Wednesday, June 19, 2013

from the library :: my circus

holler holler! after months of renovation, the singapore central library is ready for little kiddos.. welcoming them with a snazzy new children corner. you've gotta see it yourself.. but its done so nicely it reminds me of a indoor play area! 

we took blake there on a weekday afternoon and it wasn't too busy even thought we're right smack in the middle of school holidays! blake especially like the faux grassy patch under the tree house and the current cardboard exhibition (for kids!).. tonnes of hands-on fun. 

but not to detract from the true reason why we were at the library...

here's this week's pick - my circus by bloomsbury.

with tonnes of interactive and colorful pages, baby blake loves it when his amma makes funny sounds to go with each page. (i secretly love it too. i often stand by the doorway and giggle at the silliness!)

recently, i read this article online about introducing multiple languages. which got me thinking... im not sure what the "right" thing to do...

growing up, we spoke both languages at home. so all three of us kids could switch between languages quite easily. i wouldn't say our language skills were particularly brilliant but we made it through school. and can still use both languages fine... but i'd never willingly pick up a chinese book to read.
on the other hand, the husband is fluent in english and japanese (picked it up in high school), they only speak english at home.. he also picked up spanish in college and is starting to learn mandarin quite easily. so i guess it can be done either way.

what languages do you speak and how did you learn it?
was it hard?
with babies... better now? or later?

p.s. i started wanted to share cute pictures of our book and it morphed into a little rant! :)



  1. I speak Indo to my little one and my husband speaks English, this is so that when he can finally talk, he'll have 2 languages already under his belt. There have been studies that shows children who are exposed to different languages growing up will be able to pick up new languages a lot easier than those who don't. I personally think that there are no disadvantages of being able to speak in different languages. I regret that my grandmother didn't speak Dutch to my generation :)

    1. i like that they would (hopefully) be able to speak to their grandparents!! that would be the BEST THING! :)

  2. theoretically, a child is born a "blank slate" and should be able to pick up languages that he/she is spoken to - or taught - from birth. but of course, this has to be a language that is used frequently. since our children will most likely be schooled in the English language, you can be pretty sure their grasp of that will be pretty good, if not excellent, because of the environment they'll be immersed in. I know as far as possible, I'll be speaking to my kids in Mandarin/Cantonese from birth because I might as well take as much advantage of the fact that they're sponges at that young age :)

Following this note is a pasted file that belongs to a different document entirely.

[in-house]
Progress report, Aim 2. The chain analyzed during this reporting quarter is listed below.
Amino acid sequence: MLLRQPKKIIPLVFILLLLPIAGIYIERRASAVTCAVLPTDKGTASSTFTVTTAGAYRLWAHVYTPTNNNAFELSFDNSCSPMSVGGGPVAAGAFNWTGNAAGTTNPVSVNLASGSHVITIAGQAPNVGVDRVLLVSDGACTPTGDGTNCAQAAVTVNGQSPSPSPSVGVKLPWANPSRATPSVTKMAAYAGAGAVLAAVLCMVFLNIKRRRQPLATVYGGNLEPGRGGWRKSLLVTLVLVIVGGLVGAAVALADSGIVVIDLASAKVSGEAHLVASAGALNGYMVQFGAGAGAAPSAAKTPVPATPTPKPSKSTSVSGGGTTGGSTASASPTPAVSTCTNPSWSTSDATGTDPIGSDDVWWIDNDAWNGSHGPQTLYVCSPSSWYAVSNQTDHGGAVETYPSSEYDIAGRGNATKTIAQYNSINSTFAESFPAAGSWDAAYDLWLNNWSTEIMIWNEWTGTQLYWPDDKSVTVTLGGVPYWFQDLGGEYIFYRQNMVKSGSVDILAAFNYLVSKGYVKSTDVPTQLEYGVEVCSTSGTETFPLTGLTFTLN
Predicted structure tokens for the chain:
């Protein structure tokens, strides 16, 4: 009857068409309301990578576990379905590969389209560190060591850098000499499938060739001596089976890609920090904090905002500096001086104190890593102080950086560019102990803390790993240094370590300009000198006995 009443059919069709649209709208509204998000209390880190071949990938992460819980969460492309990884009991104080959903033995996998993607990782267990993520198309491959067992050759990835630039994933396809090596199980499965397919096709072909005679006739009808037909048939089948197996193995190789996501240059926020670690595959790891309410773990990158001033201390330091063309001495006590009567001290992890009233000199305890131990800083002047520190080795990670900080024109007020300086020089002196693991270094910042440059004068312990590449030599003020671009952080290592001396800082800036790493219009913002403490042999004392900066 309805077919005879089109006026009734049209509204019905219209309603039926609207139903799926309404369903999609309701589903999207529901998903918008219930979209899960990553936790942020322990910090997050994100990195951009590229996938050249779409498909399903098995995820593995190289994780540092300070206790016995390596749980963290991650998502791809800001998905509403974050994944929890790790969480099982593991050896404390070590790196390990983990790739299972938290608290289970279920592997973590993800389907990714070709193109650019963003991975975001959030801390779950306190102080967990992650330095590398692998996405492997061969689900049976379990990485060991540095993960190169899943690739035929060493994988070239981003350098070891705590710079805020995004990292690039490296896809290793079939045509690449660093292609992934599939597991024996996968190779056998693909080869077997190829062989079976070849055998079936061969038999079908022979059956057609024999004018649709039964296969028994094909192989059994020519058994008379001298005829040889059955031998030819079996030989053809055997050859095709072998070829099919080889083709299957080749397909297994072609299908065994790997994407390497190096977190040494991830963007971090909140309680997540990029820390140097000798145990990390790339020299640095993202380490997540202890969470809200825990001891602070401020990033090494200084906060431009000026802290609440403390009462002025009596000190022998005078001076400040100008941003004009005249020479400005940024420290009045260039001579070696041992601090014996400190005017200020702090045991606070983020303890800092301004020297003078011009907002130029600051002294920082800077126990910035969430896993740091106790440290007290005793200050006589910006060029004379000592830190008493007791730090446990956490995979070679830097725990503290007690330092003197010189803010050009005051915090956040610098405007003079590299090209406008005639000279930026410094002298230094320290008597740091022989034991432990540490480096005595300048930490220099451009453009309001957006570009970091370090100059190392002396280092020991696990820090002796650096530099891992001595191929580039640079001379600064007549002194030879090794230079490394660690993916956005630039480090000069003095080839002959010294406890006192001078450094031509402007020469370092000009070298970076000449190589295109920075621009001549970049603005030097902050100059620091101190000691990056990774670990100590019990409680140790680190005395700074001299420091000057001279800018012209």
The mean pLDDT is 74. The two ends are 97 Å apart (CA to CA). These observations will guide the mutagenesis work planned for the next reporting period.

1. y'know i picked up (smatterings of) cantonese from TV? :) i'll be watching those soap operas with blake when he is old enough! :)

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  4. I'm effectively multi-lingual. My father spoke to me in English growing up, my mother spoke to me in Mandarin, Cantonese and Hokkien, I learnt Malay during the years I spent in Singapore and French when I lived in Canada. As an adult, I learnt German. I can still hold conversations fluently in at least 4 languages so, it isn't bad at all.

    It's never too young to begin, the younger the better. Learning two languages or more as a child teaches them alot of non-linguistic skills e.g. how to sort and catagorise, listening skills among others.

    1. very amazing!!! let this be inspiration for little blake! i'd be thanking my lucky stars if he can order noodles for me in mandarin! :)

  5. I learnt about language learning in my TESL training and theoretically speaking and research proves that the more input you give, the easier they pick up. Like another said earlier, children are a blank slate esp. towards languages. Input means - the more exposure to the language, the easier for them to pick up because for now they are absorbing, learning, taking all in and soon when they start talking you'll hear all kinds of words he picked up on from his surrounding.

    Want him to learn other languages? I would recommend speaking the languages to him and around him or surround him with cartoons or whatsoever (reading to him will do too!) in other languages that you want him to learn.

    Basically research shows that after puberty it takes more effort to learn a language :) because of all the other disturbances or other things that takes away their attention from learning languages.

    Hope this helps you understand a bit more!


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